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ARS Home » Plains Area » Fargo, North Dakota » Edward T. Schafer Agricultural Research Center » Insect Genetics and Biochemistry Research » Research » Publications at this Location » Publication #348447

Research Project: Conservation of Genetic Diversity and Improved Storage Protocols for Agricultural Pests and Beneficial Insects

Location: Insect Genetics and Biochemistry Research

Title: Aging and body size in solitary bees

Author
item Grula, Courtney - North Dakota State University
item Bowsher, Julia - North Dakota State University
item Yocum, George
item Heidinger, Britt - North Dakota State University

Submitted to: Meeting Abstract
Publication Type: Abstract Only
Publication Acceptance Date: 12/15/2017
Publication Date: 1/3/2018
Citation: Grula, C., Bowsher, J.H., Yocum, G.D., Heidinger, B. 2018. Aging and body size in solitary bees [abstract]. The Society for Integrative & Comparative Biology (SCIB) Annual Meeting 2018. January 3-7, 2018. San Francisco, CA. P3-191.

Interpretive Summary: .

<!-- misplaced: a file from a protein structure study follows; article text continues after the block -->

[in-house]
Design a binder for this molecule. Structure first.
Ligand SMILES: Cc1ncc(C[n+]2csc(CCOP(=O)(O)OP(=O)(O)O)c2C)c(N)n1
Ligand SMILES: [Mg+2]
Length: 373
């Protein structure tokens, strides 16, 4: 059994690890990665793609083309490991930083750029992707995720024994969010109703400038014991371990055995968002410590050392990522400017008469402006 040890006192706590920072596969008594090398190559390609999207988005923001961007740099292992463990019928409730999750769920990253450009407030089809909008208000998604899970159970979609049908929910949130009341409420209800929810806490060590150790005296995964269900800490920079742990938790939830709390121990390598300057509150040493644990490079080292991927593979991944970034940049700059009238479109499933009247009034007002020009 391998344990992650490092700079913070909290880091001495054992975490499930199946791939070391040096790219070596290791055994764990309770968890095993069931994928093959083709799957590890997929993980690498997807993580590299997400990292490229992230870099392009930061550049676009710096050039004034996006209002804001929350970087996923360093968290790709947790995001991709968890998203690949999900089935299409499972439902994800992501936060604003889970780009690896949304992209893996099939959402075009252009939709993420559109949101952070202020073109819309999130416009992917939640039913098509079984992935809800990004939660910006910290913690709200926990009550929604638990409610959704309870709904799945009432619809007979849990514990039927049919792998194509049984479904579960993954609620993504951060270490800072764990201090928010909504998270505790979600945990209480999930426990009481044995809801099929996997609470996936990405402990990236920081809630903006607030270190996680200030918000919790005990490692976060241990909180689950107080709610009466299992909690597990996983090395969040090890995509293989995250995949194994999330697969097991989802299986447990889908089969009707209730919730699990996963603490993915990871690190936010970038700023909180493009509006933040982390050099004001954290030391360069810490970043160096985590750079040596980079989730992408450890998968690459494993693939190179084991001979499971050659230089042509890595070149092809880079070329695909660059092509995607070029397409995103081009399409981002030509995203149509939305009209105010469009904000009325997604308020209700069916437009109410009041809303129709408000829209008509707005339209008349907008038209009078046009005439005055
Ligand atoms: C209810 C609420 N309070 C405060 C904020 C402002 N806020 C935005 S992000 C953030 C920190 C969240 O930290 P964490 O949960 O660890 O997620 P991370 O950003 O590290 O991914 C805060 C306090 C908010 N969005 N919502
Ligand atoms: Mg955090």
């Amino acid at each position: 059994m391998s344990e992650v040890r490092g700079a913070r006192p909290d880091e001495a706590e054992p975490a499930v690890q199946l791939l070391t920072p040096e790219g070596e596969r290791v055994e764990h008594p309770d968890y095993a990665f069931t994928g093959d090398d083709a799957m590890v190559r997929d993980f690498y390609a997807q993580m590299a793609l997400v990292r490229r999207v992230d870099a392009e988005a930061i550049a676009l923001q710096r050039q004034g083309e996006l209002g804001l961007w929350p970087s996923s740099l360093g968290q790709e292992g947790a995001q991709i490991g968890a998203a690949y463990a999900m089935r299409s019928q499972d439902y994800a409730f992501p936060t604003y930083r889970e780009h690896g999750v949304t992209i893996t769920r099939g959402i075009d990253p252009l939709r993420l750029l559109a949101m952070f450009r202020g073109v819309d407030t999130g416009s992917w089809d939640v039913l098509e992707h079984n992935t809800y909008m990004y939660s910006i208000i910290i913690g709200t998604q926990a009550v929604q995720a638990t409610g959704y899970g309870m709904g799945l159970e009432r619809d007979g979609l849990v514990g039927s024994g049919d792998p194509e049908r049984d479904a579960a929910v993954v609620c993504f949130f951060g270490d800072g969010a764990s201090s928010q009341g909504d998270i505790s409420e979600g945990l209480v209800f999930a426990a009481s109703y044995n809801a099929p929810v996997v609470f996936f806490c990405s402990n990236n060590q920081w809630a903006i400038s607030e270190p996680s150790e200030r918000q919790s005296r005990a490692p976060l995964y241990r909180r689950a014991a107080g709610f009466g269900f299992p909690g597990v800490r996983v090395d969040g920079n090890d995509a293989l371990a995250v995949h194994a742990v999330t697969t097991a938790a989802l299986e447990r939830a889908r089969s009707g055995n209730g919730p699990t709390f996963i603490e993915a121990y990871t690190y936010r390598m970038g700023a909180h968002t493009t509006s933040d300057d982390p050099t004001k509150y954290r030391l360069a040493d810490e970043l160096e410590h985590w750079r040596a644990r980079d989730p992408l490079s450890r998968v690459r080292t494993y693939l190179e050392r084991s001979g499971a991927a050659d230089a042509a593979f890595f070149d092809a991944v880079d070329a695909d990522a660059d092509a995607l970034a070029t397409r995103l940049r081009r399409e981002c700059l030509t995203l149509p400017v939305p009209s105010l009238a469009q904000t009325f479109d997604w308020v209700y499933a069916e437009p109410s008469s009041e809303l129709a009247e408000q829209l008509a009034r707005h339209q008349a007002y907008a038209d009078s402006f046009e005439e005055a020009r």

Technical Abstract: Solitary bees are important pollinators of crops and non-domestic plants. Osmia lignaria is a native, commercially-reared solitary bee used to maximize pollination in orchard crops. In solitary bees, adult body size is extremely variable depending on the nutritional resources available to the developing juvenile. Body size impacts many different aspects of the bee’s physiology and behavior including fecundity, longevity, foraging distance, and pollination efficiency. One aspect of body size that has not been studied in solitary bees is its impact on cellular rate of aging. Studies have shown larger individuals age faster than smaller individuals within a species. The aim of this study is to determine the degree to which adult size variation influences aging in O. lignaria. Adult bees from a naturally occurring population were stored in an incubator and their longevity, and mass were recorded. Telomere length was measured using qPCR to determine whether cellular aging occurred over time and whether individuals differed in their rates of cellular aging. There was a large variation of body sizes among individuals, as well as between the different sexes, in the population. The maximum longevity of bees in this study was 34 days, which is longer than the predicted average lifespan in a field setting. These data can potentially be used to predict the rate of aging in bees of differing sizes based on nutritional stress in an agricultural or natural environment.